• The exact location of the incident.
    • The number of individuals involved.
    • The condition of each victim.
    • Initial actions taken.

    Administer first aid using guidelines available on the Department of Home Affairs website.

  • Do I need vaccinations before I leave?

    No specific vaccinations are required for entry into New Caledonia. However, staying up to date with routine vaccinations (DTPP, hepatitis B) is advisable. Vaccinations against typhoid and hepatitis A are optional.

  • What about the Covid-19 pandemic?

    For information on Covid-19-related health measures, please visit our dedicated page.

  • How can I stay safe on the road?

    New Caledonia is generally a very safe tourist destination. However, exercising caution is always prudent. Night driving, especially in rural areas outside Greater Nouméa, should be avoided.

Nature and animals
  • How dangerous are bush fires in New Caledonia?

    During the hot season, bushfires can pose a risk to travellers. Therefore, we recommend checking local conditions and paying close attention to park entrance signs.

  • Is it safe to swim?

    While people and sharks coexist harmoniously in New Caledonia, it’s wise to avoid swimming at dusk, in river mouths, and far from the coast. Refer to our best practice guide for safe swimming.

  • How can I protect myself from the sun?

    Carry or purchase lycra, water-resistant, coral-friendly sunscreen, hats, and sunglasses. Seek shade between 10 am and 3 pm and stay hydrated throughout the day.

  • What are the dangerous animals in New Caledonia?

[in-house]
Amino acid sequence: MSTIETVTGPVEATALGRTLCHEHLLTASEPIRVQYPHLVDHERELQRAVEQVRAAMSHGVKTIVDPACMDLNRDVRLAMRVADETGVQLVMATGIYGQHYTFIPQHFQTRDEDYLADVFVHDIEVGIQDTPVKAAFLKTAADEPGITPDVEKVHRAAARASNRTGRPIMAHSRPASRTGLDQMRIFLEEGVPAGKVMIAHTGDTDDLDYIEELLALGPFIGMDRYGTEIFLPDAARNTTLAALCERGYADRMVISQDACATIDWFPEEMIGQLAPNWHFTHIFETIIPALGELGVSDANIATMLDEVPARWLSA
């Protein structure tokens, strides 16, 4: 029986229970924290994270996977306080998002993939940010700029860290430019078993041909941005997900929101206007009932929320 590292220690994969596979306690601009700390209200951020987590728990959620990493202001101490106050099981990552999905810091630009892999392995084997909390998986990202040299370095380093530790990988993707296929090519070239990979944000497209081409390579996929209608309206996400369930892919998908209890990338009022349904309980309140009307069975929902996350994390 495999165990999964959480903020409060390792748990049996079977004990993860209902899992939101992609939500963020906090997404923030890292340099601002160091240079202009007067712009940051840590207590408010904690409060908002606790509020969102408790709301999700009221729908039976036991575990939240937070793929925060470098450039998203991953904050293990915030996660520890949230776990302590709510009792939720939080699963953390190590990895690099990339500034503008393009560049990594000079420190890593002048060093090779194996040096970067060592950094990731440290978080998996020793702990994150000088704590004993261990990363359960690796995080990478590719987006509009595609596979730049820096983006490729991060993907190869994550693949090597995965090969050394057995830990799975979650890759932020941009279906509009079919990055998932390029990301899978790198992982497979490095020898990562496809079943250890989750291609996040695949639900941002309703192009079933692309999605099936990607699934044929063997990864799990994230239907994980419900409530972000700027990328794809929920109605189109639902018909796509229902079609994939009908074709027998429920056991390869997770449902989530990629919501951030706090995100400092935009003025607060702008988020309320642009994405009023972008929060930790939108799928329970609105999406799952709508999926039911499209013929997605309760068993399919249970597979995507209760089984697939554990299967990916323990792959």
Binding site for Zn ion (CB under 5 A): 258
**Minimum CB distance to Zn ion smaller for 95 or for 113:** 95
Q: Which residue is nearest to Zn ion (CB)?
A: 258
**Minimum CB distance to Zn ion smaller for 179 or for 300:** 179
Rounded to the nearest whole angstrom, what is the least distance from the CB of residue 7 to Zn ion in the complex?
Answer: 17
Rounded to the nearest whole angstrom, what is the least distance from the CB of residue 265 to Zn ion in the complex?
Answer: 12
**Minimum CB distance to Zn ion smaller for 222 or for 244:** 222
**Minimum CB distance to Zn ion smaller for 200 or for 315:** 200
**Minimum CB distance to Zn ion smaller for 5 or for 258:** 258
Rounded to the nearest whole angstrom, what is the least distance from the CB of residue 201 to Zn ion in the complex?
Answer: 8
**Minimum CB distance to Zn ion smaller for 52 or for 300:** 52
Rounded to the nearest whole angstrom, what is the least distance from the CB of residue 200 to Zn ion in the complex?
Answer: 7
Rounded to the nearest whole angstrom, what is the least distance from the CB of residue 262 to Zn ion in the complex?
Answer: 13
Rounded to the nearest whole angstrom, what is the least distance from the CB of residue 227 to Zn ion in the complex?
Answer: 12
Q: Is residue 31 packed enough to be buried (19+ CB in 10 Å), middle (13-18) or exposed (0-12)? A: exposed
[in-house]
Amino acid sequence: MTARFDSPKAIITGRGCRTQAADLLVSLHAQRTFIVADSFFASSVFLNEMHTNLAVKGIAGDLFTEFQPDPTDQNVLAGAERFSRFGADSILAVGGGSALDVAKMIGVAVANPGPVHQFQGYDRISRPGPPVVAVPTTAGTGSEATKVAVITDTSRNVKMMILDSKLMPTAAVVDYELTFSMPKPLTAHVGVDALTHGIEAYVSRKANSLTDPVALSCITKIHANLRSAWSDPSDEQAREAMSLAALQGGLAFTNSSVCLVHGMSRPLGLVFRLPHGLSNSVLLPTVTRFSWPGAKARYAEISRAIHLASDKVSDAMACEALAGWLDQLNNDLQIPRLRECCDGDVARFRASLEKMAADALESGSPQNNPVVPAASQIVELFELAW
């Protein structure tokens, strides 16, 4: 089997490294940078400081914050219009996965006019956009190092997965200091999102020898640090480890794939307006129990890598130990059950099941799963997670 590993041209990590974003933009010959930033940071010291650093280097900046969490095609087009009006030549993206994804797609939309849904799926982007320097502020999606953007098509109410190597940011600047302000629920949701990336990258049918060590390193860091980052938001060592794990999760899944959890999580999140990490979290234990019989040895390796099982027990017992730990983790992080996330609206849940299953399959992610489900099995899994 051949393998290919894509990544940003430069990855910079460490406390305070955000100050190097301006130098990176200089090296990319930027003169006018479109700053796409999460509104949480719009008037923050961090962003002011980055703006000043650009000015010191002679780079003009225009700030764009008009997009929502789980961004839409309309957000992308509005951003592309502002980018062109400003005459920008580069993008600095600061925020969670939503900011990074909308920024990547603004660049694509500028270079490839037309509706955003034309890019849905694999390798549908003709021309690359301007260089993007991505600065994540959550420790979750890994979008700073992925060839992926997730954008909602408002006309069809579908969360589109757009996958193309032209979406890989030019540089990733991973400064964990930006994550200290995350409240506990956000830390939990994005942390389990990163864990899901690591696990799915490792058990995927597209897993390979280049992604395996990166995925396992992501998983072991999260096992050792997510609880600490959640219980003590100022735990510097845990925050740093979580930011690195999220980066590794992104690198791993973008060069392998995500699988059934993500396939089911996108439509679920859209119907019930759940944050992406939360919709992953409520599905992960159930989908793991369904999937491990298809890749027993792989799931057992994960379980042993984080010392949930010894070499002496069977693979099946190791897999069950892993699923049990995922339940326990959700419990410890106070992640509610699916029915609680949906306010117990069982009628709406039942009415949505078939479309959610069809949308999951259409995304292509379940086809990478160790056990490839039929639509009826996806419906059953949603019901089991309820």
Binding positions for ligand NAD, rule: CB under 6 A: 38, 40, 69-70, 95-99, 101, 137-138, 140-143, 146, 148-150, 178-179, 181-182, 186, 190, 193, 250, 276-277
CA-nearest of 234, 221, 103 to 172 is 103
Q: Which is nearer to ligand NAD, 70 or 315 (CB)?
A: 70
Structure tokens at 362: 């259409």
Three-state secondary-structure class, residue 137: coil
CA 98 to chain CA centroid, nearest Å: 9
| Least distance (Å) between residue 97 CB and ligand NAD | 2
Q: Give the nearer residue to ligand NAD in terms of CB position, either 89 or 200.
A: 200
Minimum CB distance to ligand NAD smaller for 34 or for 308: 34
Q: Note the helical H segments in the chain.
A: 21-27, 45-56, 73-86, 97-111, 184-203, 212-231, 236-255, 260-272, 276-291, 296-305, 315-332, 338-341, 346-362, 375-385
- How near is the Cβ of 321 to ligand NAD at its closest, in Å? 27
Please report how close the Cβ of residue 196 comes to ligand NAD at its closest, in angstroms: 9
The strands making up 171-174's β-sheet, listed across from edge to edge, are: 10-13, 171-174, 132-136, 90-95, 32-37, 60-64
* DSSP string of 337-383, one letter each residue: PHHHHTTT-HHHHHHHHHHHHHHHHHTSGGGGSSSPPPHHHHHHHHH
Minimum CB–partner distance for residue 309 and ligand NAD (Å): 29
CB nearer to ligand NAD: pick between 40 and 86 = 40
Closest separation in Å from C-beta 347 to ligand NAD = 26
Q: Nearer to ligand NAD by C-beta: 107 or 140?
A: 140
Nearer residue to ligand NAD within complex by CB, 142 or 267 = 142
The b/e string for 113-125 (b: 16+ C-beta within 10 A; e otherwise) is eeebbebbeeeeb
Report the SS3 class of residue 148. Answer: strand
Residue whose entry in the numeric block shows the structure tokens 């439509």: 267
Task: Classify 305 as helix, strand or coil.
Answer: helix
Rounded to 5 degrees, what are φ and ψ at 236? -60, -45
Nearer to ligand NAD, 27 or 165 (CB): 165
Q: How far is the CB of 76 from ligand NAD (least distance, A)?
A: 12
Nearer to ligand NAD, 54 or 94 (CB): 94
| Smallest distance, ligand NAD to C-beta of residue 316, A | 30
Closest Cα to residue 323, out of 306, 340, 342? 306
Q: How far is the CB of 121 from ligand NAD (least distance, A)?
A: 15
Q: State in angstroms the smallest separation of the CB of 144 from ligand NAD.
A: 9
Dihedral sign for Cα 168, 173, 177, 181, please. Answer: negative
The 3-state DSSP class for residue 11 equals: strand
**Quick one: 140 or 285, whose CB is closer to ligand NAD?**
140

With the exception of the tricot rayé, a sea snake whose bite, though rare, can be fatal, New Caledonia has no deadly animal species. However, certain marine species can be hazardous. Cuts from specific corals or shellfish can result in severe injuries. Thus, wearing proper footwear is essential for lagoon walks. Divers and swimmers should also exercise caution not to encounter potentially dangerous species like stonefish, scorpionfish (also known as lionfish), etc. While accidents involving sharks are rare, taking necessary precautions is advisable. Essential information can be found on our page dedicated to shark risk.

    On land, protect against mosquito bites to prevent diseases like dengue, chikungunya, or zika. Only two imported cases of dengue fever were reported in 2022, thanks to an effective control program in New Caledonia. If purchasing repellent in your home country, ensure it is suitable for tropical zones.

  • How to hike safely?

    Here are the main tips to adopt when hiking in New Caledonia:

    • Wear appropriate clothing.
    • Carry water and a hat.
    • Inform authorities if bivouacking.
    • Be cautious during rainy weather.
    • Secure your vehicle when going for a walk.
    • Stay on marked trails to protect the fauna and flora.
    • Avoid walking on private or customary land without permission
  • Is running water safe to drink?

    Most of the time, tap water is safe to drink. However, it’s advisable to bring bottled water when staying in smaller bush accommodation, especially during heavy rains.

  • Do I need to be careful with certain foods?

    Fish enthusiasts should be selective about their choices, as certain lagoon fish can transmit ciguatera. The risk is very minimal when dining in restaurants, but it’s a good idea to seek advice from locals when cooking fresh market-bought fish.